By Morgan Ramsay
Published February 2012 List Price:$29.99, Your Amazon.com Price: $21.54
Amazon.com Sales Rank:1,001,733 Availability: Usually ships in 24 hours
For nearly four decades, video games have captured the imaginations and drawn the ire of people around the world. Actors play them. Rappers promote them. Politicians want to control them. Even baseball legends make them. Video games are a cultural crossroads where business, entertainment, and technology converge.
Sales of video games, hardware, and accessories reach upwards of $20 billion every year in the United States alone, and more than two-thirds of American households include video games in their daily lives. In a world that seems to be overflowing with fortune and success, the vicious truth of this booming industry is easily forgotten: failure is tradition.
There are a few businesses that have withstood the test of time, but most startups exit as quickly as they enter the scene. Many firms are outpaced by the explosive worldwide growth and economic realities of the sector. In this groundbreaking anthology, successful founders of entertainment software companies reflect on the challenges and how they survived.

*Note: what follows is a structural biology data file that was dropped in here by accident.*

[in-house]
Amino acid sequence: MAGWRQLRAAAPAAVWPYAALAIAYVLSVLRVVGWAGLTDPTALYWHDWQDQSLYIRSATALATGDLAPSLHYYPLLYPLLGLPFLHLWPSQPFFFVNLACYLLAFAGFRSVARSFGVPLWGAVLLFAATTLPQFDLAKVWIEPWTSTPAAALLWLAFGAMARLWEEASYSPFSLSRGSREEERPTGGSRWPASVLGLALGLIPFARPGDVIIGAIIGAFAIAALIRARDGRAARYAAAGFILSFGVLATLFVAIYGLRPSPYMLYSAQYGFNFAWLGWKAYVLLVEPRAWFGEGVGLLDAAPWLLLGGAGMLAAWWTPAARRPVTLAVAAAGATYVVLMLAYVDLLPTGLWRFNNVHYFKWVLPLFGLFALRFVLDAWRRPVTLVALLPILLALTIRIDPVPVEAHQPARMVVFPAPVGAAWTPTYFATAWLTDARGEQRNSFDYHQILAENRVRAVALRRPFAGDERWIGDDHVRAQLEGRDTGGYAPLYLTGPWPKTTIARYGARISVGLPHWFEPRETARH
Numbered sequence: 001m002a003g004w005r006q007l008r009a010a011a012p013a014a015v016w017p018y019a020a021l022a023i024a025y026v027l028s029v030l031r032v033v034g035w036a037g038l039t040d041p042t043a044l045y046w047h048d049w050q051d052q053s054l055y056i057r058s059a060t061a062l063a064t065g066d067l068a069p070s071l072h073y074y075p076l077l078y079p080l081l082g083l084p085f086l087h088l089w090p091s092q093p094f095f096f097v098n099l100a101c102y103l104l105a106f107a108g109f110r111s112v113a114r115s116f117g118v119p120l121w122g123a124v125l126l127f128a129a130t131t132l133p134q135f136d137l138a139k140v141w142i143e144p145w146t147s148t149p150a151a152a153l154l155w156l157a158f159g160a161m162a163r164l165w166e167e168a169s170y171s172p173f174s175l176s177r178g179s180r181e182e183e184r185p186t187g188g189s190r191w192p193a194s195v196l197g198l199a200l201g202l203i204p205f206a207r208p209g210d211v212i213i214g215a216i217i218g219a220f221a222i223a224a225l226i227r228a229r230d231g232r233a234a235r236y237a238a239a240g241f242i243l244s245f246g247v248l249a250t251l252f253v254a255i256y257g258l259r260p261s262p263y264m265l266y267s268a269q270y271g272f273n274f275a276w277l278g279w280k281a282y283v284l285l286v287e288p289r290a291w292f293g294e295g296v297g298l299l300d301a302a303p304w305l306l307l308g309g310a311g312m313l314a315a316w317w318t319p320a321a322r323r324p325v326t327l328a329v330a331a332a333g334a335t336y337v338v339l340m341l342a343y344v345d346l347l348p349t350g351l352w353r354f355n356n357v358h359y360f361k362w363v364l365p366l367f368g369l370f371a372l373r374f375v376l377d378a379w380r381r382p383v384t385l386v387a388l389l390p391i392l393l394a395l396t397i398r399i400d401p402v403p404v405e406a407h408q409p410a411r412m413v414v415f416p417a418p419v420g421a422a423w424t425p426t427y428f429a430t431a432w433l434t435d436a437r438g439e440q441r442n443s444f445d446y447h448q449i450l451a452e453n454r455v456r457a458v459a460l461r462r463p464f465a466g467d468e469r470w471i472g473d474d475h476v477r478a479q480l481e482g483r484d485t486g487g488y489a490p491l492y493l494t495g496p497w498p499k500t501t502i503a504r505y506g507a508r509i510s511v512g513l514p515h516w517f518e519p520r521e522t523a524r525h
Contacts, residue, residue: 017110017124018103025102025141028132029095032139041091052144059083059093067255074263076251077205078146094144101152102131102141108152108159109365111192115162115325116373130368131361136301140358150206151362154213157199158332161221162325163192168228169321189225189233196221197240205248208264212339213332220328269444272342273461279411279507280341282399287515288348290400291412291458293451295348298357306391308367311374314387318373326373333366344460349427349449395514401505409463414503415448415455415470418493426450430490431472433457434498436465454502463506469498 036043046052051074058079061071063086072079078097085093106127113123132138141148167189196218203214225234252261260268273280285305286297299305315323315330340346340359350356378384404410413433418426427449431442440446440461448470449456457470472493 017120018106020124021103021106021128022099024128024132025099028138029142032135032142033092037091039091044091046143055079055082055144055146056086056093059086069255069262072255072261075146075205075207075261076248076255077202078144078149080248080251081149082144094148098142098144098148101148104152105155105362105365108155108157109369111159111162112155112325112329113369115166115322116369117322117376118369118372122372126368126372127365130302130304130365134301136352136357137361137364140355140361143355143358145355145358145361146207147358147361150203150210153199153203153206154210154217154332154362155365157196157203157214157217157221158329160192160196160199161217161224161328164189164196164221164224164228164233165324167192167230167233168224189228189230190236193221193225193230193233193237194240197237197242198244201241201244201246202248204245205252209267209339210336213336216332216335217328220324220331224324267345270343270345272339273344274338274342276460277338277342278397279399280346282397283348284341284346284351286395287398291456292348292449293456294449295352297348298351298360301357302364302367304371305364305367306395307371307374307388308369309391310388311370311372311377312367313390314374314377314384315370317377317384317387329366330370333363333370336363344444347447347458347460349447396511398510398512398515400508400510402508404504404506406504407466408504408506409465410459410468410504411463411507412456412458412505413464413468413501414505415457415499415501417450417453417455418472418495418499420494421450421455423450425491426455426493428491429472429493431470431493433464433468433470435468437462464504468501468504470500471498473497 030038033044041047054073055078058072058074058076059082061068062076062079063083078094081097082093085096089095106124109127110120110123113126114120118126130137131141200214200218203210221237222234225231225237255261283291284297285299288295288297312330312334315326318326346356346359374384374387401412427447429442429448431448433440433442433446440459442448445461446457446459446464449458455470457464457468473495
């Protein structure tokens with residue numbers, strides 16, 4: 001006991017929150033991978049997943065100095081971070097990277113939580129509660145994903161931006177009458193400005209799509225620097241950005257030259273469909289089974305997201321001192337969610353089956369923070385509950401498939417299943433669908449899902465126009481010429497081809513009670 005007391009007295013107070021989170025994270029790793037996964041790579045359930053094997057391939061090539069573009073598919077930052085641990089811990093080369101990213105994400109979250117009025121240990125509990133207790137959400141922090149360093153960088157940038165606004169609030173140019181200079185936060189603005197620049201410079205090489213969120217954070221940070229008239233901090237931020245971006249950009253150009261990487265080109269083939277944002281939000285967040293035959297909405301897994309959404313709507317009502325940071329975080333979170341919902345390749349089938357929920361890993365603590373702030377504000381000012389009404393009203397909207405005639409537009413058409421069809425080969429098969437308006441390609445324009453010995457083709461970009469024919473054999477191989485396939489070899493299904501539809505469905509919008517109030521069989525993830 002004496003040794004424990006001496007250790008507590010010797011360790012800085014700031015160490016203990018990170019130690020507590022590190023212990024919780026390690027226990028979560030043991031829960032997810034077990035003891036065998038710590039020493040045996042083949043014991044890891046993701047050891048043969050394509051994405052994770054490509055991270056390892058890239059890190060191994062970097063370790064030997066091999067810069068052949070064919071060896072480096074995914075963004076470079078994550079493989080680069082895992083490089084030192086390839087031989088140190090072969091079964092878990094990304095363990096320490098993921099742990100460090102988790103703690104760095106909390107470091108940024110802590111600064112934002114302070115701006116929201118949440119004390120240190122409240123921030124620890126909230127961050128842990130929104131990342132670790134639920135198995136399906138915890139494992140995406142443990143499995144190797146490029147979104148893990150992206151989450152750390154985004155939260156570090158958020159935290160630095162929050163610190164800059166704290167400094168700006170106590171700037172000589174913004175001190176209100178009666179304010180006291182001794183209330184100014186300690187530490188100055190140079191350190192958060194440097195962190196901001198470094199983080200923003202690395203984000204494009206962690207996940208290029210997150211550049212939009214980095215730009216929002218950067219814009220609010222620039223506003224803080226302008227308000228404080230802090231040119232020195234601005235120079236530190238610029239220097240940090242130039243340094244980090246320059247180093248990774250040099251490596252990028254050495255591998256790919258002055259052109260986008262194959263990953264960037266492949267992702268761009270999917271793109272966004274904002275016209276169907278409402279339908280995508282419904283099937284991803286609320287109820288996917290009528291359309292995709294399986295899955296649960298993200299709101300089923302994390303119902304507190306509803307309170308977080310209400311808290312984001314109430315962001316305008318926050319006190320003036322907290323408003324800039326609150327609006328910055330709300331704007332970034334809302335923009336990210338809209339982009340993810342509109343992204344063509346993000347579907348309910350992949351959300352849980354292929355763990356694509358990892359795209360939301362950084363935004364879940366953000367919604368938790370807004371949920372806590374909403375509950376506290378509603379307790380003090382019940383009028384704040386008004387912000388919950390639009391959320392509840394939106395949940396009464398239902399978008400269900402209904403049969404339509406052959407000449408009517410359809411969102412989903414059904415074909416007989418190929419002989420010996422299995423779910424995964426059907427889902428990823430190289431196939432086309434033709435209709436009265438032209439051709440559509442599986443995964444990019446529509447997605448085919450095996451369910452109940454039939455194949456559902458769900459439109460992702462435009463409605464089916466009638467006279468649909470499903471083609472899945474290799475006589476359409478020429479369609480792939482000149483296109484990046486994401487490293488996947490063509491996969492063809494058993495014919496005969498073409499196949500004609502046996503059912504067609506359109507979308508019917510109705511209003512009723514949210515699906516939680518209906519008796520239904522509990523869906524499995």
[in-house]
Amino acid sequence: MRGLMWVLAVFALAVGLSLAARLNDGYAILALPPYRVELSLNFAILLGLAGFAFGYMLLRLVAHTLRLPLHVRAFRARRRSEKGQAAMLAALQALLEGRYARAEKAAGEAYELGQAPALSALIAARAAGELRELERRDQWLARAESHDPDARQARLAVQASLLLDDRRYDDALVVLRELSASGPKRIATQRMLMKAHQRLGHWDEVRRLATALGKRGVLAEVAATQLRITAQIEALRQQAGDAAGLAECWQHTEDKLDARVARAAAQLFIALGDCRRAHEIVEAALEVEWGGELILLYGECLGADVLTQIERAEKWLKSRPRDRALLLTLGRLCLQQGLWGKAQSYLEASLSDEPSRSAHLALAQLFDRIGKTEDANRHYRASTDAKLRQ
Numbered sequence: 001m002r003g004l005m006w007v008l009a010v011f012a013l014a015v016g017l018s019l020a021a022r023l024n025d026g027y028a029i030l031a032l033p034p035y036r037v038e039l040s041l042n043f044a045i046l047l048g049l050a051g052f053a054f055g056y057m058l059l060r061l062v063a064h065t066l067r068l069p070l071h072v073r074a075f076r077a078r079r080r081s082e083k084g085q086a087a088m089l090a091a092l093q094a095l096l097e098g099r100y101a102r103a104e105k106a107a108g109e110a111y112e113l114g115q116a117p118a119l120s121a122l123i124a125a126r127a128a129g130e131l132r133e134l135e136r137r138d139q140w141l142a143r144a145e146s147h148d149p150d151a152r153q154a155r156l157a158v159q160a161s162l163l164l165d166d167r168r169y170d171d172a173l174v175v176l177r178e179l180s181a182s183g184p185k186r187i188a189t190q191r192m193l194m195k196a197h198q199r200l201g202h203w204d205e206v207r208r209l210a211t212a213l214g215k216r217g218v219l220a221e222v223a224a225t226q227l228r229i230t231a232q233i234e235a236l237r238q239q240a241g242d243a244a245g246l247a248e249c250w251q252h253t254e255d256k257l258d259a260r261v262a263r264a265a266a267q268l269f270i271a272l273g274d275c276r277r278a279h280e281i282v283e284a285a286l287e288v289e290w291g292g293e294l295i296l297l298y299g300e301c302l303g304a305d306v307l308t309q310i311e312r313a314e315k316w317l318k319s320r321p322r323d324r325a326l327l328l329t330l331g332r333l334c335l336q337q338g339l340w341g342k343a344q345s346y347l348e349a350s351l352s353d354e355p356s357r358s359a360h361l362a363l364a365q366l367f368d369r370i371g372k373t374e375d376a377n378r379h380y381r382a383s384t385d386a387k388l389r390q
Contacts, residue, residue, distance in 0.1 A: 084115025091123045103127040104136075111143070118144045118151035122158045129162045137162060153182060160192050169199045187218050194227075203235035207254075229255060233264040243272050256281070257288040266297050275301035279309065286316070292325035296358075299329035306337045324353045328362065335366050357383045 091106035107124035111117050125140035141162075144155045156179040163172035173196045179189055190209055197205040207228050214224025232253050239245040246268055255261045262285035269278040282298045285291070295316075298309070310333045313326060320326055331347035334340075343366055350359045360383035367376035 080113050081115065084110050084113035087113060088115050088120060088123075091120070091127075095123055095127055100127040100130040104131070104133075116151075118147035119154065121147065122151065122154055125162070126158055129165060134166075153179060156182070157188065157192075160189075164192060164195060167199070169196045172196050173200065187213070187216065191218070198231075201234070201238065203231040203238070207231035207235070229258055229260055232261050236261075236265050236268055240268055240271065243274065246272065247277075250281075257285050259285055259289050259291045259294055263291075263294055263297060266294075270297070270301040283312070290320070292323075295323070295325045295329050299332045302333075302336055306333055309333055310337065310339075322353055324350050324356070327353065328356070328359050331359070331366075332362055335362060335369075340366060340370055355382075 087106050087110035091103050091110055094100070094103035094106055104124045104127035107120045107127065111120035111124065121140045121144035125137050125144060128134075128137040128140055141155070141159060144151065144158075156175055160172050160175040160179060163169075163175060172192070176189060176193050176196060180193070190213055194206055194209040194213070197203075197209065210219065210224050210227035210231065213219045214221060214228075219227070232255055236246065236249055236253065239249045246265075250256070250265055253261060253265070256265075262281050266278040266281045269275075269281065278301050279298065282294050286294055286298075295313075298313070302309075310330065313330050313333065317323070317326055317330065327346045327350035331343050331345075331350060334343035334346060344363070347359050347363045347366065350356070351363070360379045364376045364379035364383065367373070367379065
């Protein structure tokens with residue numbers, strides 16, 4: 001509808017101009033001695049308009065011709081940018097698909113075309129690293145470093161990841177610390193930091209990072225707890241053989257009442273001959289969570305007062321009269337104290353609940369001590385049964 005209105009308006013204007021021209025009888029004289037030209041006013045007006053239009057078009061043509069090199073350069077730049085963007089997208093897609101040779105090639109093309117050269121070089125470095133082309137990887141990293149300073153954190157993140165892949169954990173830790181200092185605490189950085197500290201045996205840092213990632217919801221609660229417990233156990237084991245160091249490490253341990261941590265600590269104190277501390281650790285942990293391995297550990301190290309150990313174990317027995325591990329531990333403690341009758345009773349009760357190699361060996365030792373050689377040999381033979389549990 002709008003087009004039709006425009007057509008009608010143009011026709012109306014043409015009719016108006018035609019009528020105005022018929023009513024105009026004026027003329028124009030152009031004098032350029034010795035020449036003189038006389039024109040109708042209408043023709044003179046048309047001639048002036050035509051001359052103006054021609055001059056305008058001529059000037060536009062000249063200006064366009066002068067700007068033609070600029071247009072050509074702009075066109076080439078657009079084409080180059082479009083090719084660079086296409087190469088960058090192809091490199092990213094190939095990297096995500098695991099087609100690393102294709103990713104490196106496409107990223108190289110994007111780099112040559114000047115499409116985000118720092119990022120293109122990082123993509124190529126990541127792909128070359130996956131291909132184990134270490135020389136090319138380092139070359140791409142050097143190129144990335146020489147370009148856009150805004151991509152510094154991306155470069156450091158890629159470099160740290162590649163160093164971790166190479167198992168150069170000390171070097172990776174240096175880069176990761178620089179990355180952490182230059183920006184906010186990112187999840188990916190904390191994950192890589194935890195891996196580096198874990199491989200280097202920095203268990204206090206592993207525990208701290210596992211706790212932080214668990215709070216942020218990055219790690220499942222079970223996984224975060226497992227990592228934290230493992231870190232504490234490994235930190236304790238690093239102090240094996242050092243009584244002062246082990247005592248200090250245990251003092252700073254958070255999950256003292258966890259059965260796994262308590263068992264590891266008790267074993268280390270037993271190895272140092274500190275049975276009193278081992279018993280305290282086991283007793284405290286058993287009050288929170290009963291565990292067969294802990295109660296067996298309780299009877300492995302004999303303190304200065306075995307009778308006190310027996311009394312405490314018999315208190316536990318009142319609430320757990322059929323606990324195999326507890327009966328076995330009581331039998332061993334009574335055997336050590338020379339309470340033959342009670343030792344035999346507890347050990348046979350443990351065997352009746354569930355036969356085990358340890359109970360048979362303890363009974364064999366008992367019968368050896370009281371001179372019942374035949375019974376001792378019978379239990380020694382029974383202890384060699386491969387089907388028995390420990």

GDNet Staff Review:
Way back in the personal computer stone-age of the mid-1980's, an influential book of interviews with programmers came out. This book was Programmers At Work. And, while it's an interesting relic to see how some of the influential programmers (Charles Simonyi, Dan Bricklin, Ray Ozzie, Bill Gates and Pac Man writer Toru Iwatani) have fared in the intervening 25 years, the book is more of a curiosity than a call to action nowadays.
Gamers at Work is part of a small series (Gamers at Work, Coders at Work, Founders at Work) of interviews with people who are influential in the industry. And, interestingly, some of the names would have been recognized at the time of Programmers at Work, like Ken Williams, Nolan Bushnell, and Trip Hawkins. But the book doesn't just chronicle past successes. There are some contemporary success stories. The interviews are well-done, and there's plenty to learn from all of their successes and failures. There's no real knowledge of coding to be gleaned. But programming isn't just coding. It's knowing how to get things done. And these interviews are with people who got things done.
And, something I can't say about many books I get, it is an enjoyable read. The author does an excellent job of interviewing. The interviews never feel "canned" or like a twenty questions.